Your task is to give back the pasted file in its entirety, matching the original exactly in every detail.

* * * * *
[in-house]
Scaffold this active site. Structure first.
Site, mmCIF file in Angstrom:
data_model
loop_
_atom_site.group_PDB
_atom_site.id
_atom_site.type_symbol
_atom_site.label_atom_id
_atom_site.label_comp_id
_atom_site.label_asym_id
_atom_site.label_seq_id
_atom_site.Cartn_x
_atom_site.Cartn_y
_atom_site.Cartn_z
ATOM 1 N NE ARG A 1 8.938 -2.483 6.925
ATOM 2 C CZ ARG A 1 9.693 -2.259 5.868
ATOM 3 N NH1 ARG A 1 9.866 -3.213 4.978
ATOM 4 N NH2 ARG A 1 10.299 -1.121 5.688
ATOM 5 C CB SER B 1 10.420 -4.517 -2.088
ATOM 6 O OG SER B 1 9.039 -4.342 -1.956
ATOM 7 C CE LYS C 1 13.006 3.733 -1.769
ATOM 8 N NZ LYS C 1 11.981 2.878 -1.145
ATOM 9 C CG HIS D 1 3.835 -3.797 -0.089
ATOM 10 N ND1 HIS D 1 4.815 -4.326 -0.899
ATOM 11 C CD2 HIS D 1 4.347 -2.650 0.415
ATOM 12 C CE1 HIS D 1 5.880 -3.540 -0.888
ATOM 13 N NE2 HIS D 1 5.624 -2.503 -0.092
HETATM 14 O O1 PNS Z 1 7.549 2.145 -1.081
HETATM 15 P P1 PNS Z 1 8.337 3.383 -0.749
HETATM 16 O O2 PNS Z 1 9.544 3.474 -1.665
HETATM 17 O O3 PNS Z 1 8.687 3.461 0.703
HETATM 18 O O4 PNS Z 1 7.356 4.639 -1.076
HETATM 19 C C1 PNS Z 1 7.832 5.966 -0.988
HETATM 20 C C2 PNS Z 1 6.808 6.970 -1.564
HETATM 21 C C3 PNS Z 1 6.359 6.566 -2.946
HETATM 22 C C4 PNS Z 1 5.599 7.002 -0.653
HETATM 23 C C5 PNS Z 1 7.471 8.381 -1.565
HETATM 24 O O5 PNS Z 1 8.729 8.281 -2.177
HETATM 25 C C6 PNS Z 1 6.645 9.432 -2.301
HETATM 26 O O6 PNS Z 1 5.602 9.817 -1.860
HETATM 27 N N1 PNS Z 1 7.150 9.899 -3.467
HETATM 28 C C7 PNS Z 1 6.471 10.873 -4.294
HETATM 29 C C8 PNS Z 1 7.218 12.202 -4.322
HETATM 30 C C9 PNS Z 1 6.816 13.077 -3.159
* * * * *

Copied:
[in-house]
Scaffold this active site. Structure first.
Site, mmCIF file in Angstrom:
data_model
loop_
_atom_site.group_PDB
_atom_site.id
_atom_site.type_symbol
_atom_site.label_atom_id
_atom_site.label_comp_id
_atom_site.label_asym_id
_atom_site.label_seq_id
_atom_site.Cartn_x
_atom_site.Cartn_y
_atom_site.Cartn_z
ATOM 1 N NE ARG A 1 8.938 -2.483 6.925
ATOM 2 C CZ ARG A 1 9.693 -2.259 5.868
ATOM 3 N NH1 ARG A 1 9.866 -3.213 4.978
ATOM 4 N NH2 ARG A 1 10.299 -1.121 5.688
ATOM 5 C CB SER B 1 10.420 -4.517 -2.088
ATOM 6 O OG SER B 1 9.039 -4.342 -1.956
ATOM 7 C CE LYS C 1 13.006 3.733 -1.769
ATOM 8 N NZ LYS C 1 11.981 2.878 -1.145
ATOM 9 C CG HIS D 1 3.835 -3.797 -0.089
ATOM 10 N ND1 HIS D 1 4.815 -4.326 -0.899
ATOM 11 C CD2 HIS D 1 4.347 -2.650 0.415
ATOM 12 C CE1 HIS D 1 5.880 -3.540 -0.888
ATOM 13 N NE2 HIS D 1 5.624 -2.503 -0.092
HETATM 14 O O1 PNS Z 1 7.549 2.145 -1.081
HETATM 15 P P1 PNS Z 1 8.337 3.383 -0.749
HETATM 16 O O2 PNS Z 1 9.544 3.474 -1.665
HETATM 17 O O3 PNS Z 1 8.687 3.461 0.703
HETATM 18 O O4 PNS Z 1 7.356 4.639 -1.076
HETATM 19 C C1 PNS Z 1 7.832 5.966 -0.988
HETATM 20 C C2 PNS Z 1 6.808 6.970 -1.564
HETATM 21 C C3 PNS Z 1 6.359 6.566 -2.946
HETATM 22 C C4 PNS Z 1 5.599 7.002 -0.653
HETATM 23 C C5 PNS Z 1 7.471 8.381 -1.565
HETATM 24 O O5 PNS Z 1 8.729 8.281 -2.177
HETATM 25 C C6 PNS Z 1 6.645 9.432 -2.301
HETATM 26 O O6 PNS Z 1 5.602 9.817 -1.860
HETATM 27 N N1 PNS Z 1 7.150 9.899 -3.467
HETATM 28 C C7 PNS Z 1 6.471 10.873 -4.294
HETATM 29 C C8 PNS Z 1 7.218 12.202 -4.322
HETATM 30 C C9 PNS Z 1 6.816 13.077 -3.159